Adelsheim Pinot Noir (375ML half-bottle) 2008
Pinot Noir from Willamette Valley, Oregon
With its broad array of origins and clones, this wine displays both red and black fruit aromas (cherries and raspberries), on the nose and the palate. In addition, one finds a light touch of brown spices (nutmeg, cinnamon, allspice). True to our house style, it is elegantly textured with satiny, polished tannins showing in the finish. Pair it with salmon or ahi, veal or pork, poultry (think duck) or beef, or hearty vegetarian entrees.
Wine & Spirits - "A little attenuated at first, this wine--its alcohol just north of 13 percent--quickly brightens with air, developing a cherry bouquet with a hint of briar and herb. Cherry flavors drive the palate as well, along wiht minerality that keeps the wine racy racy and pure. It will be slow to develop in the cellar, but eventually will knit with something delicate, like roast quail with wild mushrooms. "
The Wine Advocate - "There are 10,000 cases of the entry-level 2008 Pinot Noir Willamette Valley (70% from estate vineyards and 30% purchased) which was aged in 20% new oak for 10 months. Medium ruby red with a charming perfume of cedar, spice box, cherry, and raspberry, on the palate it is medium-bodied, elegant, and densely packed with savory fruit. It conceals enough ripe tannin to evolve for 1-2 years but can be enjoyed now. It will offer considerable pleasure over the next 6-8 years."
Wine Spectator - "Smooth and velvety, this is light on its feet, glowing with red cherry and raspberry flavors, with a hint of mint in the background. Lingers easily on the refreshing finish. Drink now through 2013. "
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Established in 1971, Adelsheim is a family-owned and operatedc winery with estate vineyards located in Oregon's northern Willamette Valley. Over the past 41 years, the Adelsheim Vineyard estate has grown to include twelve exception vineyard sites throughout the Valley, totaling 237 acres. Company co-founder, David Adelsheim, has done work throughout the years to benefit both the Oregon and American wine industries: grape and wine research, wine labeling, industry education, and promotion. He is recognized for is "outstanding service" to the industry and has played a vital role in building the Oregon wine industry and establishing its reputation worldwide. Today, he leads a current generation of passionate staff devoted to leading the industry in crafting consistently transcendent wines. View all Adelsheim Wines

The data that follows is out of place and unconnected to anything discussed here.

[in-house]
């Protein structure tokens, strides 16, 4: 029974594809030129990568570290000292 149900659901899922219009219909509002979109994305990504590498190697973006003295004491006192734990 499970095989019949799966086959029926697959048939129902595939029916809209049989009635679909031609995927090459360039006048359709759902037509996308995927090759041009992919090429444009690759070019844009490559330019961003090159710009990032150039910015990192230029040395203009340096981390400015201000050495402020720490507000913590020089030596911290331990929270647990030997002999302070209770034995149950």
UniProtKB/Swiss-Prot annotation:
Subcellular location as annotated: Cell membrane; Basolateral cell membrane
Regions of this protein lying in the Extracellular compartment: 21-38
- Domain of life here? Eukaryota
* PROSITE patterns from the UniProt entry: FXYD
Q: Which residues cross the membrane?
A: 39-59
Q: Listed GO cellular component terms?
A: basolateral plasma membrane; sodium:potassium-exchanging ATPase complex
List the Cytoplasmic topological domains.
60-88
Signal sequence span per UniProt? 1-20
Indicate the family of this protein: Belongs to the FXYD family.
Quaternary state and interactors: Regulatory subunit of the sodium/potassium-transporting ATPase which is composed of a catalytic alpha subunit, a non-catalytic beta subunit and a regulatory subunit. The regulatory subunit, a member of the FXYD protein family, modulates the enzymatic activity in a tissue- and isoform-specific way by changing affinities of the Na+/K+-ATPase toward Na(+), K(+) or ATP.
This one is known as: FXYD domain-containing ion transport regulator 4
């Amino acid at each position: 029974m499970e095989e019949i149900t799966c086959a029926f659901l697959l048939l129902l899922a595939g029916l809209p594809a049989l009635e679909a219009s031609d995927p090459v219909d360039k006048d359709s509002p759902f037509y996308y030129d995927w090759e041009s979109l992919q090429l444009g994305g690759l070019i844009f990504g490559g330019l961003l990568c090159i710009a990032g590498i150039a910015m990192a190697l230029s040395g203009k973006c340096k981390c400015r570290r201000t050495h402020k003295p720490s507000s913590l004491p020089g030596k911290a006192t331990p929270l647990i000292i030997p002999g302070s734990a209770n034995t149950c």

About Willamette ValleyView a map of Willamette Valley wineries (will-AAM-it)
Named for the river that runs through the valley from Portland to Eugene, Willamette Valley is home to some of the best Pinot Noir vineyards in the Northwest. While along the same north/south line as Seattle, the Willamette Valley is protected from Pacific rains by the Coast Range on the western border and the Cascade Ranges to the east. Though sunshine is typically plentiful, rainfall can occasionally be tricky, and the wines here vary vintage to vintage. Within the Willamette Valley is a number of sub-regions, including McMinnville, Dundee and Yamhill.
Notable FactsThe valley is known for its Pinots – Pinot Noir and Pinot Gris. With a climate similar to Burgundy – in rainfall, sunlight hours and other climate factors – Pinot Noir has flourished here. Pinot Noir in Oregon produces wines that are fruit forward, yet complex, some with good agebility.
Other than Pinot Noir, many wineries grow Pinot Gris and Chardonnay. Pinot Gris from Oregon is delightful in its texture and food friendliness. Chardonnay in the valley adapts well to the cool climate and produces lean, elegant wines.
About OregonOregon has long been an agricultural state, producing everything from hazelnuts to cattle. The Willamette Valley in particular is a fertile basin for all sorts of produce. Not quite pegged as a wine state, in 1965, a UC Davis graduate named David Lett decided that the Willamette's climate mirrored that of Burgundy in France. With that in mind, he decided to plant some Pinot Noir clones to see how they did. And a good gamble it was. The Willamette is now one of the only regions in the world to focus solely on Pinot Noir as its red variety. Also known for Chardonnay and Pinot Gris. The southern part of Oregon has been slower in delving into the world wine market, but has been making excellent strides with their Rhone style varietals, like Syrah and Grenache. There are also coastal regions producing promising wines.
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